`Intensely alive to the landscape; its pasts, people and creatures' Robert Macfarlane
Take a journey into our ancient past. Explore a long-lost landscape and gradually discover the minds, beliefs and cultural practices of those souls who lived on these lands thousands of years before you.
Travelling the length and breadth of Britain, James Canton pursues his obsession with the physical traces of the ancient world: stone circles, flint arrowheads, sacred stones, gold, and a lost Roman road. He ponders the features of the natural world that occupied ancient minds: the night sky, shooting stars, the rising and setting sun. Wandering to the furthest reaches of the islands, he finds an undeciphered standing stone north of Aberdeen and follows the first footsteps on the edge of a long-lost Ice Age land in the North Sea.
As Canton walks the modern terrain, slowly understanding the ancient signs that lie within and beneath it, he weaves a gentle tale of discovery, showing how, beyond the superficial differences of life-style and culture, the ancient inhabitants of the British Isles were much closer to the present-day one than we might imagine.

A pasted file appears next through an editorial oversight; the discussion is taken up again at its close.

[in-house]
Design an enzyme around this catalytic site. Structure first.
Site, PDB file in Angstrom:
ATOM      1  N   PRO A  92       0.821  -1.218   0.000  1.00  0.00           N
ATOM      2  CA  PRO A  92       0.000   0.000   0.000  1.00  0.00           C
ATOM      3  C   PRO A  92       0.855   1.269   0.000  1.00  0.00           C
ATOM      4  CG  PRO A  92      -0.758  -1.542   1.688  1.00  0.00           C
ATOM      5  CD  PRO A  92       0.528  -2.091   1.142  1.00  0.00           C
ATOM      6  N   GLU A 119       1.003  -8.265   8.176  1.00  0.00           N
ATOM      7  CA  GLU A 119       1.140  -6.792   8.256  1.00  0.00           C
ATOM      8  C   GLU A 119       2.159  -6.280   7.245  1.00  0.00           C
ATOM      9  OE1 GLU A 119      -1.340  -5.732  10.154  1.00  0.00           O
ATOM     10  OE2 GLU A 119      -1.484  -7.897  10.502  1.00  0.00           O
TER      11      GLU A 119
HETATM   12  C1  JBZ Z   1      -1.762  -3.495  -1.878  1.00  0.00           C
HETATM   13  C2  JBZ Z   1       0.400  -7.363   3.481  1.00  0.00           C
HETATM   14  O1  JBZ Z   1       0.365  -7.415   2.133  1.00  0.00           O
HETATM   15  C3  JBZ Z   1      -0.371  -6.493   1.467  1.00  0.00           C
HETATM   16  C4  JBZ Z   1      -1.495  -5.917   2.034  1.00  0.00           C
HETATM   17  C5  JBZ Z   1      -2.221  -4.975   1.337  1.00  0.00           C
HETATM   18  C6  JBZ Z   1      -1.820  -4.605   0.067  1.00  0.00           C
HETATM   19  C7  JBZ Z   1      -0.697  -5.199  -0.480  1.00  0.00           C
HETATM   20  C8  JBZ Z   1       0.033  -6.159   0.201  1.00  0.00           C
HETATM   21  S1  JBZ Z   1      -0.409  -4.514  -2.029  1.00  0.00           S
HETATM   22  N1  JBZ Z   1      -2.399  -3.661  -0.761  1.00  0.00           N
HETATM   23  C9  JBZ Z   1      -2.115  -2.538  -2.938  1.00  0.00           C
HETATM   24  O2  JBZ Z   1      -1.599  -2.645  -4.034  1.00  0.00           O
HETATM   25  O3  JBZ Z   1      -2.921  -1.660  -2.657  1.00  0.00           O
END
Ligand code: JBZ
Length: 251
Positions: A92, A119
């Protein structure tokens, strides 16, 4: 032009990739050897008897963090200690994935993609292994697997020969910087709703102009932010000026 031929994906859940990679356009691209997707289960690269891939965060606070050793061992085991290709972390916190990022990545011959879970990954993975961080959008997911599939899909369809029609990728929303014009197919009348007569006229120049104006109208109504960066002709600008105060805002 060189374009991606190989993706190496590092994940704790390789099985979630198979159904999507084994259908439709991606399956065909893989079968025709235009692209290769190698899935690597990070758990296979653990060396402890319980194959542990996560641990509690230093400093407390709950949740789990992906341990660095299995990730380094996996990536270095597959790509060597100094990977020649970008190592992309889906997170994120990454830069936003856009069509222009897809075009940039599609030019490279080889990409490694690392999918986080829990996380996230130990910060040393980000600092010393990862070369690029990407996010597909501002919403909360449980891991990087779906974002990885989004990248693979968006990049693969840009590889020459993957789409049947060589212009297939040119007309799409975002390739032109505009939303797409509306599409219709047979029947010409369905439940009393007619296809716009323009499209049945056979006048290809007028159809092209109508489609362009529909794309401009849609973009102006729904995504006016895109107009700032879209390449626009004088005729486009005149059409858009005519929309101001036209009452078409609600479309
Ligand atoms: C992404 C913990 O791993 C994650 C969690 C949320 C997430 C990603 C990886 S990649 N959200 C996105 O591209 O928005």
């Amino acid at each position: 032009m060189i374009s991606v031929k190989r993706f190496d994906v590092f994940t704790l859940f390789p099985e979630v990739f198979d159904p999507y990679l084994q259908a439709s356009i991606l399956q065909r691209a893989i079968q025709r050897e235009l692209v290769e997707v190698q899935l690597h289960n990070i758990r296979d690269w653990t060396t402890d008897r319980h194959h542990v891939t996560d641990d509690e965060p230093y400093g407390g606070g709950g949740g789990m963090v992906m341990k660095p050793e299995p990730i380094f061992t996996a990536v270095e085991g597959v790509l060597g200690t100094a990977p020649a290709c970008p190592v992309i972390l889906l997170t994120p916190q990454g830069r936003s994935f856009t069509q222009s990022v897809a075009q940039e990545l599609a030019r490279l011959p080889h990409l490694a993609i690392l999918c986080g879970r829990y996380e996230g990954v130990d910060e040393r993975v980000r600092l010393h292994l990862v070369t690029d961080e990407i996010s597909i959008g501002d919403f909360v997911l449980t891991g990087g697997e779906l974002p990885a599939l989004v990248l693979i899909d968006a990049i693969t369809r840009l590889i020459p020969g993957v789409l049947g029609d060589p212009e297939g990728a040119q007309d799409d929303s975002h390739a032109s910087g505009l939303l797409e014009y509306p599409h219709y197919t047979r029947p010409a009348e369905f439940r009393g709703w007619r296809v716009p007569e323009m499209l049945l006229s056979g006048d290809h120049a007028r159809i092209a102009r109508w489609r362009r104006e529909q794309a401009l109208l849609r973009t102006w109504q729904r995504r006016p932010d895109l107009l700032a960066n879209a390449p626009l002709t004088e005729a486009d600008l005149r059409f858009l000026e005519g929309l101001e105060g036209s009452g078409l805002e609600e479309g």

James Canton teaches the Wild Writing MA course at the University of Essex, exploring the fascinating ties between literature and the landscape of East Anglia. He has run workshops to encourage writing on nature and landscape and is the author of Out of Essex: Re-Imagining a Literary Landscape (2013), which was inspired by rural wanderings in the county.